ExxonMobil and Equinor plan to expand oil operations in Brazil - Energy

Oil and gas companies ExxonMobil and Equinor are preparing to expand their offshore oil operations off the Brazilian coast, with the aim of exploring new areas and increasing production.

In this context, the two companies revealed that they are taking steps to expand an oil project worth $8 billion, and boost production in the Baklio oil field, which is Equinor’s largest project outside Norway with more than one billion barrels of oil.

These plans include the construction of a second drilling rig, another floating production platform, and a gas pipeline more than 100 miles long.

ExxonMobil and Equinor each own a 40% stake in the Baklio field, while Petrogal Brazil owns the remaining 20%.

Expansion plans

ExxonMobil and Equinor expect first oil production from the Baklio field in 2024, and oil and gas production is scheduled to reach approximately 220,000 barrels per day.

ExxonMobil and Equinor
Floating production, storage and offloading unit designed for the Baklio field – photo from MODC website

The two companies also plan to drill a new appraisal well north of the field next year, to extract reserves for the development of the second phase, in addition to evaluating the award of contracts to build a second drilling rig.

The official spokesperson for Equinor stated that it is scheduled to start pre-drilling wells for the first stage during the third quarter of this year, according to Reuters.

Equinor said the break-even point – the point at which expenditures and revenues are equal – is less than $35 a barrel, according to previous statements by the company.

Investments in the second phase of the project can double once the new exploration works are successful, and this will depend on the field producing sufficient quantities of oil to build a second floating platform or developing a pipeline to transport natural gas from the field to shore.

ExxonMobil and Equinor can use an underwater connection if the results show that a second platform is not needed, and the wells are connected to the first floating platform.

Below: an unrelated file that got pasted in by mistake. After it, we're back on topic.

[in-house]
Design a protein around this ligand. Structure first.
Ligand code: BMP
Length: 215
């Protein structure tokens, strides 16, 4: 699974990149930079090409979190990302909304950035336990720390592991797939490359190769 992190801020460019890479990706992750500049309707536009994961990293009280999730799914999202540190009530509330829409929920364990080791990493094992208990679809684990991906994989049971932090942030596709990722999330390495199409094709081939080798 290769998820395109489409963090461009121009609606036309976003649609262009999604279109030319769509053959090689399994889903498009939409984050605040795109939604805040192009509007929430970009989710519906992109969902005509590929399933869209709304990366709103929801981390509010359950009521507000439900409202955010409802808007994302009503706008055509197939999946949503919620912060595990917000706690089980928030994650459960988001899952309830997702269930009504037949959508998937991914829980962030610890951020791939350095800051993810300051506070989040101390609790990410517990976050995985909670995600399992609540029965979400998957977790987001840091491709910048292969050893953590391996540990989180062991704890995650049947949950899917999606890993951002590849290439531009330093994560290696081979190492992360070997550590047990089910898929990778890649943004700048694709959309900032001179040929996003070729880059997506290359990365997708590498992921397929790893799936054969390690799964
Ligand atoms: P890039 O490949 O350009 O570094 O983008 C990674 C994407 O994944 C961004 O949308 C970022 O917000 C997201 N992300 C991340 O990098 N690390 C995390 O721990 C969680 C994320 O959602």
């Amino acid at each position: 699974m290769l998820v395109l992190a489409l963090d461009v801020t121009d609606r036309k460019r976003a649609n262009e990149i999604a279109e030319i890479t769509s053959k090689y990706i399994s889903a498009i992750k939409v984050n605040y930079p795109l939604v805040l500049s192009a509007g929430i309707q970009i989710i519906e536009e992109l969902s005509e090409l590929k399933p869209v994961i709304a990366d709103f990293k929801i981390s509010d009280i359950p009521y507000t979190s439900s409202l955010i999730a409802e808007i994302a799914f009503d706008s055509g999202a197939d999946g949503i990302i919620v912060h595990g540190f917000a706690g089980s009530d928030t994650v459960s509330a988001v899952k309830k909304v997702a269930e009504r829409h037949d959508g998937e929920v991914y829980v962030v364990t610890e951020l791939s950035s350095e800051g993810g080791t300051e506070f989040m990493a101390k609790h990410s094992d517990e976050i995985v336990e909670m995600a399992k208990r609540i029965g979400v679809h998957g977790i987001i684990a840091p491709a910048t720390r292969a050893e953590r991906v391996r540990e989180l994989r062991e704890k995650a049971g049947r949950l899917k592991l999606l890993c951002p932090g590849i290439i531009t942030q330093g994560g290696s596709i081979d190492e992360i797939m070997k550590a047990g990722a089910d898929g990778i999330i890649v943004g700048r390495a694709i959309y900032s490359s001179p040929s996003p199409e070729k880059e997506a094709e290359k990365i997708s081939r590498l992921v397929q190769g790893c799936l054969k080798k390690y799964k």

The Japanese company “MODC” is building the first floating production, storage and offloading unit, as well as it is designed to reduce the intensity of greenhouse gas emissions by 65%.

start digging

Last year, ExxonMobil and Equinor signed a $380 million, 4-year contract with Seadrill to begin first-stage drilling in the field, according to a final investment decision.

Paglio is the first Brazilian pre-salt field to be developed by other companies, not the state-controlled Petroleo Brasileiro (Petrobras).

ExxonMobil and Equinor
Equinor’s logo – Image via Reuters

The Brazilian company discovered the Baklio field in 2012, with a water depth of about 2,000 meters, but it was forced to sell it to pay off debts.

According to Equinor’s statement, Seadrill’s West Saturn rig will begin drilling the first 6 of 19 certified wells in Bucklew.

Emission reduction

Earlier, the International Energy Agency called on companies to stop investing in new oil and gas projects to achieve carbon neutrality goals by mid-century.

Oil companies are facing pressure from investors and environmental activists to come up with plans to combat climate change, so Exxon, Equinor and Petrogal Brasil have announced an $8 billion investment in developing the deepwater Baklio field, which they expect will help reduce emissions.

The two companies indicated that the field will produce approximately 9 kilograms of carbon dioxide per barrel, compared to a global average of 17 kilograms per barrel.

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